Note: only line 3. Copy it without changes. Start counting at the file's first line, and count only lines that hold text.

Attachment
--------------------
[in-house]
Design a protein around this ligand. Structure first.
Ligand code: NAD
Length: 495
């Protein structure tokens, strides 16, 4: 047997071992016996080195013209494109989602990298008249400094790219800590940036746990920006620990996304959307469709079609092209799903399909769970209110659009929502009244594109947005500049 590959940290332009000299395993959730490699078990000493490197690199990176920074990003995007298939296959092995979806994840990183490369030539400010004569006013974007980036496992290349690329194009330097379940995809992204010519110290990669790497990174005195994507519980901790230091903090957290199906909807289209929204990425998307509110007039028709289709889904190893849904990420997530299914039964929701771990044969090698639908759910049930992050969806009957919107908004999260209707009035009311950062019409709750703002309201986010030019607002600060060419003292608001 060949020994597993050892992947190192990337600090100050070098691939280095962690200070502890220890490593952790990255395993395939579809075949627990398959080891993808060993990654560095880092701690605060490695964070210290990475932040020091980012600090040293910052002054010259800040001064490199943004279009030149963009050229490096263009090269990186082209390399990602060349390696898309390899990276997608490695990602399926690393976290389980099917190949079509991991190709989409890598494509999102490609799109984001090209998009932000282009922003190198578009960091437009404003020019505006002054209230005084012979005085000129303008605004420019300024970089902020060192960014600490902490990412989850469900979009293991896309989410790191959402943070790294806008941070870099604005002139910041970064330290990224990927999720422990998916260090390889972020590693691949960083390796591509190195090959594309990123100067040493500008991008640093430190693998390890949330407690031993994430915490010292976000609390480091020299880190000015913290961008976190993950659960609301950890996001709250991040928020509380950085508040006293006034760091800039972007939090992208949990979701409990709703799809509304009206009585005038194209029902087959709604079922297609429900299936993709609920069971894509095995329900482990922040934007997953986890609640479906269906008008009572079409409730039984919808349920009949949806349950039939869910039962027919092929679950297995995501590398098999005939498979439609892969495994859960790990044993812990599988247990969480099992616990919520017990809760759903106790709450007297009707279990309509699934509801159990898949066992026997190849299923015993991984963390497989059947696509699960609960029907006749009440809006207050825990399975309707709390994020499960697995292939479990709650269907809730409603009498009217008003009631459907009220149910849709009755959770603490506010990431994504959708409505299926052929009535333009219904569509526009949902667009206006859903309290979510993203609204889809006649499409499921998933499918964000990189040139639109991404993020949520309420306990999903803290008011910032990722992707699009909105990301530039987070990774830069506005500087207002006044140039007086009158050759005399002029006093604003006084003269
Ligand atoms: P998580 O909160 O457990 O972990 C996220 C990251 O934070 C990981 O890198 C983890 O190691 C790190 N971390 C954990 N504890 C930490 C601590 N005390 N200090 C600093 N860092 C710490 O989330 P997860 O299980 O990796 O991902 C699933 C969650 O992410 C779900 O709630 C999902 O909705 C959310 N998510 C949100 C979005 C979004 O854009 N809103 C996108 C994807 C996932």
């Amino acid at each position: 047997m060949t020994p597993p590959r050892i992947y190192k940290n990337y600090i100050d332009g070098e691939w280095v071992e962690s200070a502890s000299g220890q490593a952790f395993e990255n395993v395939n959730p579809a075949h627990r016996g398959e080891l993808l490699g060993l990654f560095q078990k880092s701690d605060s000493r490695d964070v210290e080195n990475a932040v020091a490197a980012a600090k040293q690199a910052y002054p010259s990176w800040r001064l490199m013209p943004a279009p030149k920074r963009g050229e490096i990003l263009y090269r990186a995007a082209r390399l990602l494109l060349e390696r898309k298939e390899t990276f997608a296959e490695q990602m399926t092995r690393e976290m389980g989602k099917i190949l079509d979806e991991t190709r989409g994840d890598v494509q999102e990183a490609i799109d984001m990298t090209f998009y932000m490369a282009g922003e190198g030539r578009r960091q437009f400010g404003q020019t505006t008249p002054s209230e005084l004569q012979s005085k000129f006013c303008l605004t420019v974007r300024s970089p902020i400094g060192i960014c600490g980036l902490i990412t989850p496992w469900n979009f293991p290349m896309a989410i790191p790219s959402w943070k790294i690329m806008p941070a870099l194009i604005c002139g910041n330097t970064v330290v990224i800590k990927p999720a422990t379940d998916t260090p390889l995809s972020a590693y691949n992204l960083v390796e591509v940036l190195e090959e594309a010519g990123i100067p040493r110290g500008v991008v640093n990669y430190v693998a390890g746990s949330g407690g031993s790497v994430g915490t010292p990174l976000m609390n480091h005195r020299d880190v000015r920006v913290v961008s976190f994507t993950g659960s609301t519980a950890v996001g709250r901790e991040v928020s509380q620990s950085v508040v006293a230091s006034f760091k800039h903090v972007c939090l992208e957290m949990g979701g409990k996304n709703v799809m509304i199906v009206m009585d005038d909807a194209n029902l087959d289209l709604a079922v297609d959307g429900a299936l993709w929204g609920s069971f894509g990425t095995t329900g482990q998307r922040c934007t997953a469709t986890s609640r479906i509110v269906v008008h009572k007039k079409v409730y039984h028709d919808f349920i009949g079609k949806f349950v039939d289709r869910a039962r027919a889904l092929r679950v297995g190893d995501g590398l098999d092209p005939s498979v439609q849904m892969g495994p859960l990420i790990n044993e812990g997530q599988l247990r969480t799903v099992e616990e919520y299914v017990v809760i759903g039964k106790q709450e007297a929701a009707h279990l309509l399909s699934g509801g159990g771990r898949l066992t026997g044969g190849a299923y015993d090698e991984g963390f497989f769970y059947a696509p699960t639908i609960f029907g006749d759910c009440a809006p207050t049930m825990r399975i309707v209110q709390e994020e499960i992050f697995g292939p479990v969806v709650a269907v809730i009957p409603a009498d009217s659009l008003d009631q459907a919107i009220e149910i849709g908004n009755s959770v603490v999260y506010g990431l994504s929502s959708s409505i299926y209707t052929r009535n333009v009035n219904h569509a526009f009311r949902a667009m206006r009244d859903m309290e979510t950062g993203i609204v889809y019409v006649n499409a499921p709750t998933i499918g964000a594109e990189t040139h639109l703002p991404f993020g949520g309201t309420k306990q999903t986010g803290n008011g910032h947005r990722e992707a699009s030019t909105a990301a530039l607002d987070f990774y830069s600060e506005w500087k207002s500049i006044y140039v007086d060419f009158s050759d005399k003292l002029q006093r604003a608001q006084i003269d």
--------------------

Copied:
Ligand code: NAD